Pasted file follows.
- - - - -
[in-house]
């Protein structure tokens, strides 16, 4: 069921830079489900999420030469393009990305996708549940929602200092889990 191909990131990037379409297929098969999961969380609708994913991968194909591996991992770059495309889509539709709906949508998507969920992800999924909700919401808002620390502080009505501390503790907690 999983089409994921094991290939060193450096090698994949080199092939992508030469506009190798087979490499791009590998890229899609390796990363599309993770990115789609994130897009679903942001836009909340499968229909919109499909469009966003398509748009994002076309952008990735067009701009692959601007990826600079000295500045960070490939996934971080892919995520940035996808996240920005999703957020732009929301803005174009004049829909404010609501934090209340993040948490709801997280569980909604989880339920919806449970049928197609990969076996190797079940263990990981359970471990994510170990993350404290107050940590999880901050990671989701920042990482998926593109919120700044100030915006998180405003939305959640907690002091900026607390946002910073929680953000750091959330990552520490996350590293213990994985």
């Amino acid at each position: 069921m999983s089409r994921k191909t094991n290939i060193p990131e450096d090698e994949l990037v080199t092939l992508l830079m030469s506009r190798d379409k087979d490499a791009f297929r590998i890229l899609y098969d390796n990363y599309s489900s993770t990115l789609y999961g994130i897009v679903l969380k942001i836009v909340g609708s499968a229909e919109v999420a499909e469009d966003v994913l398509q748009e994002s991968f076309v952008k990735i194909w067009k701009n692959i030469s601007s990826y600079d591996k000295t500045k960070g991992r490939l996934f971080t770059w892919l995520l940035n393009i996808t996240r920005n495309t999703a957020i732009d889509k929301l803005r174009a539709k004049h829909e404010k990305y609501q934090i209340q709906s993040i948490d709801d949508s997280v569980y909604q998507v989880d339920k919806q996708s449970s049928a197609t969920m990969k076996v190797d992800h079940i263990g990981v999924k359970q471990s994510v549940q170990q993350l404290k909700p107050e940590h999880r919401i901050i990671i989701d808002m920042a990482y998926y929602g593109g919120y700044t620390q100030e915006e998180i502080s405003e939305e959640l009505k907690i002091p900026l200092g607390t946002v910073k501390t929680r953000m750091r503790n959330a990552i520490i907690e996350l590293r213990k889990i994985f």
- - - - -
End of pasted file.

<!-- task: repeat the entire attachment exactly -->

[in-house]
């Protein structure tokens, strides 16, 4: 069921830079489900999420030469393009990305996708549940929602200092889990 191909990131990037379409297929098969999961969380609708994913991968194909591996991992770059495309889509539709709906949508998507969920992800999924909700919401808002620390502080009505501390503790907690 999983089409994921094991290939060193450096090698994949080199092939992508030469506009190798087979490499791009590998890229899609390796990363599309993770990115789609994130897009679903942001836009909340499968229909919109499909469009966003398509748009994002076309952008990735067009701009692959601007990826600079000295500045960070490939996934971080892919995520940035996808996240920005999703957020732009929301803005174009004049829909404010609501934090209340993040948490709801997280569980909604989880339920919806449970049928197609990969076996190797079940263990990981359970471990994510170990993350404290107050940590999880901050990671989701920042990482998926593109919120700044100030915006998180405003939305959640907690002091900026607390946002910073929680953000750091959330990552520490996350590293213990994985």
């Amino acid at each position: 069921m999983s089409r994921k191909t094991n290939i060193p990131e450096d090698e994949l990037v080199t092939l992508l830079m030469s506009r190798d379409k087979d490499a791009f297929r590998i890229l899609y098969d390796n990363y599309s489900s993770t990115l789609y999961g994130i897009v679903l969380k942001i836009v909340g609708s499968a229909e919109v999420a499909e469009d966003v994913l398509q748009e994002s991968f076309v952008k990735i194909w067009k701009n692959i030469s601007s990826y600079d591996k000295t500045k960070g991992r490939l996934f971080t770059w892919l995520l940035n393009i996808t996240r920005n495309t999703a957020i732009d889509k929301l803005r174009a539709k004049h829909e404010k990305y609501q934090i209340q709906s993040i948490d709801d949508s997280v569980y909604q998507v989880d339920k919806q996708s449970s049928a197609t969920m990969k076996v190797d992800h079940i263990g990981v999924k359970q471990s994510v549940q170990q993350l404290k909700p107050e940590h999880r919401i901050i990671i989701d808002m920042a990482y998926y929602g593109g919120y700044t620390q100030e915006e998180i502080s405003e939305e959640l009505k907690i002091p900026l200092g607390t946002v910073k501390t929680r953000m750091r503790n959330a990552i520490i907690e996350l590293r213990k889990i994985f």